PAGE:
Orchardleigh Estate

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Orchardleigh House
Orchardleighhousestableblock.jpg
The stable block
Orchardleigh Estate is located in Somerset
Orchardleigh Estate
Location within Somerset
General information
Town or city Frome
Country England
Coordinates 51°15′40″N 2°19′19″W / 51.2611°N 2.3219°W / 51.2611; -2.3219
Completed 1856
Client William Duckworth
Design and construction
Architect Thomas Henry Wyatt

Orchardleigh (also spelled Orchardlea) is a country estate in Somerset, approximately two miles north of Frome, and on the southern edge of the village of Lullington. It comprises a Victorian country house, the Orchardleigh Lake with its island church, and an eighteen-hole golf course. Various accommodation is provided, both in the house itself and at adjacent lodges and cottages in the extensive grounds.

The Church of St Mary, Orchardlea, dates from the 13th century and is Grade I listed.[1] The churchyard contains the grave of the poet Sir Henry Newbolt.

The parish was part of the hundred of Frome.[2]

The old Orchardleigh House was just south of the church. Its heyday was the time of Sir Thomas Champneys, 1st Baronet, High Sheriff of Somerset in 1775, but all that remains of that period is the boathouse, rotunda, the Lullington gateway, and the Tudor lodges dating from the 1820s. The old house was demolished and the present one built in 1856 by Thomas Henry Wyatt for William Duckworth. The new house is described by Pevsner as "picturesque, irregular, and in a mixed Elizabethan style", and is a Grade II* listed building.[3]

In 1986, Arthur Duckworth died, and Orchardleigh was soon sold. Work started on redevelopment, but in 1989 the developer’s loans were called in by the bank and work ceased for thirteen years. In 2002 a new scheme was started to build the current hotels and golf courses.

The boathouse[4] is included in the Heritage at Risk Register produced by English Heritage.[5] The estate also contains a bridge incorporating a sluice,[6] a semicircular bridge,[7] a garden house,[8] a keepers lodge [9] and a stables and coachhouse,[10] which all date from the same period as the main house and are also listed buildings.

Within the grounds, which were landscaped – possibly by Humphrey Repton – and are included in the Register of Parks and Gardens of Special Historic Interest in England,[11] is the Wood Lodge Summerhouse.[12]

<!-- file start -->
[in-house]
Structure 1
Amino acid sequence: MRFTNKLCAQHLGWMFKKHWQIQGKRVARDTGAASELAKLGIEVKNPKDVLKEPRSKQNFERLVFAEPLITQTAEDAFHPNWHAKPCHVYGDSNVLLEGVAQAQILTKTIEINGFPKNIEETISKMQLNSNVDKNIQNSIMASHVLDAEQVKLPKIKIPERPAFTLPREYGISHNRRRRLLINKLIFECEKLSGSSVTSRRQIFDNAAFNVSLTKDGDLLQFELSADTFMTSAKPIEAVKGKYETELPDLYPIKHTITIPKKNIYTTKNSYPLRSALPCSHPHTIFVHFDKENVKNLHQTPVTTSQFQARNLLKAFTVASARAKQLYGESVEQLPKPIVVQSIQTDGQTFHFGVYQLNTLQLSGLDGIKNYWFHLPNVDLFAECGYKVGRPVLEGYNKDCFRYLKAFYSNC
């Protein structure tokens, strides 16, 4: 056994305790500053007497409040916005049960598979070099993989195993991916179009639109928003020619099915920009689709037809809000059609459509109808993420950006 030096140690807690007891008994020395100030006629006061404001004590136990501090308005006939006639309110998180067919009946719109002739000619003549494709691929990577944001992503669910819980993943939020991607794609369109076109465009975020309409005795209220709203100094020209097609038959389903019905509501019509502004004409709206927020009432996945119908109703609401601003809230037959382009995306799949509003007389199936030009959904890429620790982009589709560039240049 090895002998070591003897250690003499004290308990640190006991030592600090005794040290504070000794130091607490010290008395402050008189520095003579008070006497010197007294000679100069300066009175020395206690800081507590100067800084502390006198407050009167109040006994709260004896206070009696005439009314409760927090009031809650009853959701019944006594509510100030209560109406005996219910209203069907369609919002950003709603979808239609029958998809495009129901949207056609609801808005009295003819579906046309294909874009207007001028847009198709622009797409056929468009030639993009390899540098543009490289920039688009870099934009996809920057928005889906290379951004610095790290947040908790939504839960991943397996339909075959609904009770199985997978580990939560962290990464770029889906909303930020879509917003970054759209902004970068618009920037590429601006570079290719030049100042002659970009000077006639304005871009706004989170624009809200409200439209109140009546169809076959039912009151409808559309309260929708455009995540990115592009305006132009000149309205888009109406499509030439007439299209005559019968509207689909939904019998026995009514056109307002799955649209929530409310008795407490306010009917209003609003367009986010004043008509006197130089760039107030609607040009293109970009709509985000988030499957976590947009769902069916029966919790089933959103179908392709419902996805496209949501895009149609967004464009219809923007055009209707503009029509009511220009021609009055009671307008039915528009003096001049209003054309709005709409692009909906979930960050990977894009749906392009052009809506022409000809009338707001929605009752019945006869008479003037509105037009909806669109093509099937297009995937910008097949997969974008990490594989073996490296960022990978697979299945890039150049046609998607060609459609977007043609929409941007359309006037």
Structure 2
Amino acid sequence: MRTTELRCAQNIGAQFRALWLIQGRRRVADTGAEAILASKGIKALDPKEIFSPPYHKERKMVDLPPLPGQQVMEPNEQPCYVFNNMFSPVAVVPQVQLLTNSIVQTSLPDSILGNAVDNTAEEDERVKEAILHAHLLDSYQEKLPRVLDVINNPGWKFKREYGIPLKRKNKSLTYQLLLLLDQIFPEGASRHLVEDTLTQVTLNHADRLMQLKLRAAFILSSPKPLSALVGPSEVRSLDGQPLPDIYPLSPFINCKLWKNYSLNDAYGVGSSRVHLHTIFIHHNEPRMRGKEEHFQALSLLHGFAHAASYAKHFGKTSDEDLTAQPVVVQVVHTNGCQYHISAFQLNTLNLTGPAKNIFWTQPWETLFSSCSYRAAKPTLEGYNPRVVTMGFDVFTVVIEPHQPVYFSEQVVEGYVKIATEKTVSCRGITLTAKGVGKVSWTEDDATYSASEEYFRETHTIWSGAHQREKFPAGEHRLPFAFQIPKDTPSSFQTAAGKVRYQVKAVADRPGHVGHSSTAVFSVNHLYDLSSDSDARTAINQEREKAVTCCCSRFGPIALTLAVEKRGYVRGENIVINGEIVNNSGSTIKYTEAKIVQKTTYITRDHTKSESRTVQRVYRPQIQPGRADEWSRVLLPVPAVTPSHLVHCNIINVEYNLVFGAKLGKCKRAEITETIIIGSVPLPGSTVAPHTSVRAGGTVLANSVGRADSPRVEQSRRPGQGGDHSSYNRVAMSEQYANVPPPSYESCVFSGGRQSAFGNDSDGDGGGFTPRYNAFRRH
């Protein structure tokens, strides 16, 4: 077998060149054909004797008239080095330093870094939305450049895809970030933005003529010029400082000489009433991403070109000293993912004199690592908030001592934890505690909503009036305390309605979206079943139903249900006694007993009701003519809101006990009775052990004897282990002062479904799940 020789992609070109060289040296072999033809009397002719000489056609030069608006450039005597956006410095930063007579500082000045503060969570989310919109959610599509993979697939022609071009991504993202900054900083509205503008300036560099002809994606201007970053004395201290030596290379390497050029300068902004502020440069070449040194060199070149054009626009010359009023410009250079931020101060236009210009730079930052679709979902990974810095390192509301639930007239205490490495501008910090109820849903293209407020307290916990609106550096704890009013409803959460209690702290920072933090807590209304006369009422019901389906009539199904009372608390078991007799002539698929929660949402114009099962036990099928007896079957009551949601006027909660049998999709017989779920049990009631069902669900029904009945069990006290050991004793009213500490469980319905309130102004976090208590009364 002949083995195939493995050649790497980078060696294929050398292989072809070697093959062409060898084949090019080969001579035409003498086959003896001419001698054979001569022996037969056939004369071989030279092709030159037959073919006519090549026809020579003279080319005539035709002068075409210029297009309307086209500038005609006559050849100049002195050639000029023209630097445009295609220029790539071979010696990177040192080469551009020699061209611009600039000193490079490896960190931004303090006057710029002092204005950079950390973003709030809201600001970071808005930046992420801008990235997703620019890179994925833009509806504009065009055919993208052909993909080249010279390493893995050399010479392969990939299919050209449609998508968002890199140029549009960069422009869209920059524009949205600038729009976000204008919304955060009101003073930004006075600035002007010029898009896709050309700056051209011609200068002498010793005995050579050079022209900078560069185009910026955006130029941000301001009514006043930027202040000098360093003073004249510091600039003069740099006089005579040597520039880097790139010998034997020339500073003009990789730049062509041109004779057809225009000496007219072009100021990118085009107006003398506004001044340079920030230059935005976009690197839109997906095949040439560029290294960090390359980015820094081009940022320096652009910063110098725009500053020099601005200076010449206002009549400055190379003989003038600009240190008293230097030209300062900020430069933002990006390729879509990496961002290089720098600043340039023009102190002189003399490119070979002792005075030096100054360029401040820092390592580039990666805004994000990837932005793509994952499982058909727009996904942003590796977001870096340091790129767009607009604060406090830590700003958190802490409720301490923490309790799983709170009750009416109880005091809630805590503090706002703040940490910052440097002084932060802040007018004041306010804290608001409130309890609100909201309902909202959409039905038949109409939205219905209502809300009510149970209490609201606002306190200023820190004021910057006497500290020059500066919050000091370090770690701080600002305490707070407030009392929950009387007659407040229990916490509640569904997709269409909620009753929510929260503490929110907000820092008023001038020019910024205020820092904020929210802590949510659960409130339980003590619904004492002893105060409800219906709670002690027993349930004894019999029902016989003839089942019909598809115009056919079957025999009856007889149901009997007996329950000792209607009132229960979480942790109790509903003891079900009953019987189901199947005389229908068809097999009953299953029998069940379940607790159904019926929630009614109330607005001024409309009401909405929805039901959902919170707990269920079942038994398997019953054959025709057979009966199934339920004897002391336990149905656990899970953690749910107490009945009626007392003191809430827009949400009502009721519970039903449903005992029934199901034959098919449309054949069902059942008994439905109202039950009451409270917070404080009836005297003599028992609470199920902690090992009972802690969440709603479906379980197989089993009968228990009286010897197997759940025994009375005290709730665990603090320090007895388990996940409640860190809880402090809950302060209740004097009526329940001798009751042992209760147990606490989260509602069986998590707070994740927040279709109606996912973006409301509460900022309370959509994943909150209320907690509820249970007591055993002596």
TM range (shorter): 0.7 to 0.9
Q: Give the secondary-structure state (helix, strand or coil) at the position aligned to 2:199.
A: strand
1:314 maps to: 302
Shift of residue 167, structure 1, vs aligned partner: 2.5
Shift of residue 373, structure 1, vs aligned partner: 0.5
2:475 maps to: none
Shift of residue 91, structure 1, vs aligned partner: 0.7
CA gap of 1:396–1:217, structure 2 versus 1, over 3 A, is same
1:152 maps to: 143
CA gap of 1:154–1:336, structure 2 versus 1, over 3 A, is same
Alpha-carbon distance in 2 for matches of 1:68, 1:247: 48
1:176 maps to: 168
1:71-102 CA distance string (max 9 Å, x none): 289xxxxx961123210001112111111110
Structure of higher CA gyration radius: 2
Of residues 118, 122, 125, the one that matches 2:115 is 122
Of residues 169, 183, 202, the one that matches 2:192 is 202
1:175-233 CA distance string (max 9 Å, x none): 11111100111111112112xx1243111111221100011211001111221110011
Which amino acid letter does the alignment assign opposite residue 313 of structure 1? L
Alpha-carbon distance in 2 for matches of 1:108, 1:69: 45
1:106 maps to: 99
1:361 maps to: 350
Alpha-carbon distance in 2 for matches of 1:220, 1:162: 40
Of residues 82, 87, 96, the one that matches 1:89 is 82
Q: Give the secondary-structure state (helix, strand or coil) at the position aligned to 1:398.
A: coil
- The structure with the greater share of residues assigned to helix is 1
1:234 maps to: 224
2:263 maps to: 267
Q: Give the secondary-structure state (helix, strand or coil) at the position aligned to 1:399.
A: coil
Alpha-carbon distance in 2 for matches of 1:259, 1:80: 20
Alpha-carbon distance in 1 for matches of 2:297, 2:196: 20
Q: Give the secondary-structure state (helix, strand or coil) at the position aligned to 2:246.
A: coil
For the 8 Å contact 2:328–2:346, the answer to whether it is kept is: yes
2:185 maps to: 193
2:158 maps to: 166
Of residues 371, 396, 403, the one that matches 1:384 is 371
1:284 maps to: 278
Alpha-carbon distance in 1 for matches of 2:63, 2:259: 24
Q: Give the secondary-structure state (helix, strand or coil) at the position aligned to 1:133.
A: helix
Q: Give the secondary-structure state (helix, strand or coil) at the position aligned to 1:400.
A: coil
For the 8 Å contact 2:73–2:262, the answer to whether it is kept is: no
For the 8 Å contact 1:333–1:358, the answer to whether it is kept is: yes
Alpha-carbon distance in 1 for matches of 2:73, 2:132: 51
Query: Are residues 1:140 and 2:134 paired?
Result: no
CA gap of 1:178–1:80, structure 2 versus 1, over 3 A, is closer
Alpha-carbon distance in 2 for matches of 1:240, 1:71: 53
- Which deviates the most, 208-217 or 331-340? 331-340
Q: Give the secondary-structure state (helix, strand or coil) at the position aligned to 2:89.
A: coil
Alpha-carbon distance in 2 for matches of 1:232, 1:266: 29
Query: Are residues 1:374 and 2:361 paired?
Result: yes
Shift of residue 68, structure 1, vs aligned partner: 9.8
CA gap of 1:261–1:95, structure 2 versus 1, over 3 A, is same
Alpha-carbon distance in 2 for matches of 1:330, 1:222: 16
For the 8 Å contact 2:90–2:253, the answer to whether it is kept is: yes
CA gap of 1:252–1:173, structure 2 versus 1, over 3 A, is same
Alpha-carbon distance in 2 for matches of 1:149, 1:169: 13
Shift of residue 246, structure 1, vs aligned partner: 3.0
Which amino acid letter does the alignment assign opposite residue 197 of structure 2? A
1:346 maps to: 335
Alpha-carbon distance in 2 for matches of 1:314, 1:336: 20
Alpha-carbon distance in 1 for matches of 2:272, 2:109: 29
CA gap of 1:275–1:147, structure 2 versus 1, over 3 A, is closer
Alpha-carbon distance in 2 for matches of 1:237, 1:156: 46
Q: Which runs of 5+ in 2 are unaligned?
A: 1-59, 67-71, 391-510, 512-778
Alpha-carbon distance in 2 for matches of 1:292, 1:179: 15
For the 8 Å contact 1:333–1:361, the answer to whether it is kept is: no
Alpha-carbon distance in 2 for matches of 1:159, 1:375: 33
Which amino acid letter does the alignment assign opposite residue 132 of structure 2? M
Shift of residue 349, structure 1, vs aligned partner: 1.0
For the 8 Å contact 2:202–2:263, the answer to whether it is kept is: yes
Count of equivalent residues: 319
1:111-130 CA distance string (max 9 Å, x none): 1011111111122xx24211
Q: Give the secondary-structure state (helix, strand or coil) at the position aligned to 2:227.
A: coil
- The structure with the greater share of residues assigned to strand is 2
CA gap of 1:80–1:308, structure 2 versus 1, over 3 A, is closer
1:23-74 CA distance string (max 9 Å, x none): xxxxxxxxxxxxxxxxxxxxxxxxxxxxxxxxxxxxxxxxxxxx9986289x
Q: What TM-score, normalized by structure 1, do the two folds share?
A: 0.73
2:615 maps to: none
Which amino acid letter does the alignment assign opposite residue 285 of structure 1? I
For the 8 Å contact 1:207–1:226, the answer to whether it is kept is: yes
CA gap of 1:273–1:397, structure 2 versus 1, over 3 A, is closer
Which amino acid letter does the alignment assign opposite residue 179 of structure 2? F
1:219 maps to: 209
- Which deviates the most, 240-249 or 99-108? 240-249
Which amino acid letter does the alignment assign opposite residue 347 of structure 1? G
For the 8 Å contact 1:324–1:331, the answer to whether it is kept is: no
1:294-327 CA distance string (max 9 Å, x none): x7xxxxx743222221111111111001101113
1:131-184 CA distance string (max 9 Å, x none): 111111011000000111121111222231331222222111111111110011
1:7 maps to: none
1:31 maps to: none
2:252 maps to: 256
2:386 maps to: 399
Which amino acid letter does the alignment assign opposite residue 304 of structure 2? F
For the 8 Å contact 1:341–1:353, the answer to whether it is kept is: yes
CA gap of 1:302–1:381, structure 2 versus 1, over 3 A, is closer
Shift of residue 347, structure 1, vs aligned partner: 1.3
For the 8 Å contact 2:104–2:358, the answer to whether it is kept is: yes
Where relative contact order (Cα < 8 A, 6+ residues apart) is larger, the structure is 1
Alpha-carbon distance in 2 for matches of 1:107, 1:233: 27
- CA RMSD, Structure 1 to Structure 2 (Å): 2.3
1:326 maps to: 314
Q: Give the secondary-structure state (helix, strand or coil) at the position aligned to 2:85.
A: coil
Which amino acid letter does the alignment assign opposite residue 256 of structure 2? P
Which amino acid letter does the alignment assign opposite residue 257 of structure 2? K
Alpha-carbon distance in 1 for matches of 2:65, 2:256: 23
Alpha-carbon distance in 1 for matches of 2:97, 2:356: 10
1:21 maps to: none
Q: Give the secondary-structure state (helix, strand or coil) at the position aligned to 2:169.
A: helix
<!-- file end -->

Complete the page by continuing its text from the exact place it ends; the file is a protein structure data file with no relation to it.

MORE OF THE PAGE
See also[edit]

References[edit]

  1. ^ "Church of St Mary, causeway bridge, and gates". Images of England. Retrieved 20 November 2007. 
  2. ^ "Somerset Hundreds". GENUKI. Retrieved 8 October 2011. 
  3. ^ "Orchardlea House, forecourt walls and gates". Images of England. Retrieved 20 November 2007. "Church Lodge". Images of England. Retrieved 20 November 2007. "Temple Lodge". Images of England. Retrieved 20 November 2007. . More generally, see Pevsner N, North Somerset and Bristol, Penguin Books, Harmondsworth, 1958, p 241.
  4. ^ "Boathouse". Images of England. Retrieved 20 November 2007. 
  5. ^ "South West England". Heritage at Risk. English Heritage. p. 181. Retrieved 30 June 2010. 
  6. ^ "Bridge and sluice at NGR ST 7818 5100". Images of England. Retrieved 20 November 2007. 
  7. ^ "Bridge on approach road to Orchardlea House at NGR ST 7858 5168". Images of England. Retrieved 20 November 2007. 
  8. ^ "Garden House and attached house to rear". Images of England. Retrieved 20 November 2007. 
  9. ^ "Keepers Lodge". Images of England. Retrieved 20 November 2007. 
  10. ^ "Stables and coachhouse". Images of England. Retrieved 20 November 2007. 
  11. ^ "Orchardleigh". Parks and gardens UK. Retrieved 9 June 2013. 
  12. ^ "Wood Lodge Summerhouse". Images of England. Retrieved 20 November 2007. 

External links[edit]